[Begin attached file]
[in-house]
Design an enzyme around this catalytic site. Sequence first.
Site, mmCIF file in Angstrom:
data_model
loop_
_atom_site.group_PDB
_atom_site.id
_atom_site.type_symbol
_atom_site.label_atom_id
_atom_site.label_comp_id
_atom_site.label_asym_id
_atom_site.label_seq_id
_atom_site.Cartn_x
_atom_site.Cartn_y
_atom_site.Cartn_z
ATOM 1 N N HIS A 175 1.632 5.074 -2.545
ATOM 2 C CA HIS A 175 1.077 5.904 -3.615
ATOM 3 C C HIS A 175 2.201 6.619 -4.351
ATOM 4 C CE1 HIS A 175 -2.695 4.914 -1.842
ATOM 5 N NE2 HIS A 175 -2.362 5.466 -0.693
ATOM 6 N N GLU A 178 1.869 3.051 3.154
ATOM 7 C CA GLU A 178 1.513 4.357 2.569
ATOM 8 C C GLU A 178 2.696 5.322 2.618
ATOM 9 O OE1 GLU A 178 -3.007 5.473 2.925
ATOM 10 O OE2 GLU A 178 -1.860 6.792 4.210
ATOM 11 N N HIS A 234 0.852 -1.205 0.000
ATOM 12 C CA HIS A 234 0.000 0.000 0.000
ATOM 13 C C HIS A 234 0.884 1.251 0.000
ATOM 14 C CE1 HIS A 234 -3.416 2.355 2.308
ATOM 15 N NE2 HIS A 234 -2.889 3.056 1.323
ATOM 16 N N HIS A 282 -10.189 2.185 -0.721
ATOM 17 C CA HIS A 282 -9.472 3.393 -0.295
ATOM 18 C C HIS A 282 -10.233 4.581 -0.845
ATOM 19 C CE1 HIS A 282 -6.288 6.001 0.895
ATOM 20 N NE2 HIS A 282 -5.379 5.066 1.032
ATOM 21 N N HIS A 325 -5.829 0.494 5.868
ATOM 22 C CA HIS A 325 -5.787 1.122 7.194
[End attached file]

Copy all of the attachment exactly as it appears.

[in-house]
Design an enzyme around this catalytic site. Sequence first.
Site, mmCIF file in Angstrom:
data_model
loop_
_atom_site.group_PDB
_atom_site.id
_atom_site.type_symbol
_atom_site.label_atom_id
_atom_site.label_comp_id
_atom_site.label_asym_id
_atom_site.label_seq_id
_atom_site.Cartn_x
_atom_site.Cartn_y
_atom_site.Cartn_z
ATOM 1 N N HIS A 175 1.632 5.074 -2.545
ATOM 2 C CA HIS A 175 1.077 5.904 -3.615
ATOM 3 C C HIS A 175 2.201 6.619 -4.351
ATOM 4 C CE1 HIS A 175 -2.695 4.914 -1.842
ATOM 5 N NE2 HIS A 175 -2.362 5.466 -0.693
ATOM 6 N N GLU A 178 1.869 3.051 3.154
ATOM 7 C CA GLU A 178 1.513 4.357 2.569
ATOM 8 C C GLU A 178 2.696 5.322 2.618
ATOM 9 O OE1 GLU A 178 -3.007 5.473 2.925
ATOM 10 O OE2 GLU A 178 -1.860 6.792 4.210
ATOM 11 N N HIS A 234 0.852 -1.205 0.000
ATOM 12 C CA HIS A 234 0.000 0.000 0.000
ATOM 13 C C HIS A 234 0.884 1.251 0.000
ATOM 14 C CE1 HIS A 234 -3.416 2.355 2.308
ATOM 15 N NE2 HIS A 234 -2.889 3.056 1.323
ATOM 16 N N HIS A 282 -10.189 2.185 -0.721
ATOM 17 C CA HIS A 282 -9.472 3.393 -0.295
ATOM 18 C C HIS A 282 -10.233 4.581 -0.845
ATOM 19 C CE1 HIS A 282 -6.288 6.001 0.895
ATOM 20 N NE2 HIS A 282 -5.379 5.066 1.032
ATOM 21 N N HIS A 325 -5.829 0.494 5.868
ATOM 22 C CA HIS A 325 -5.787 1.122 7.194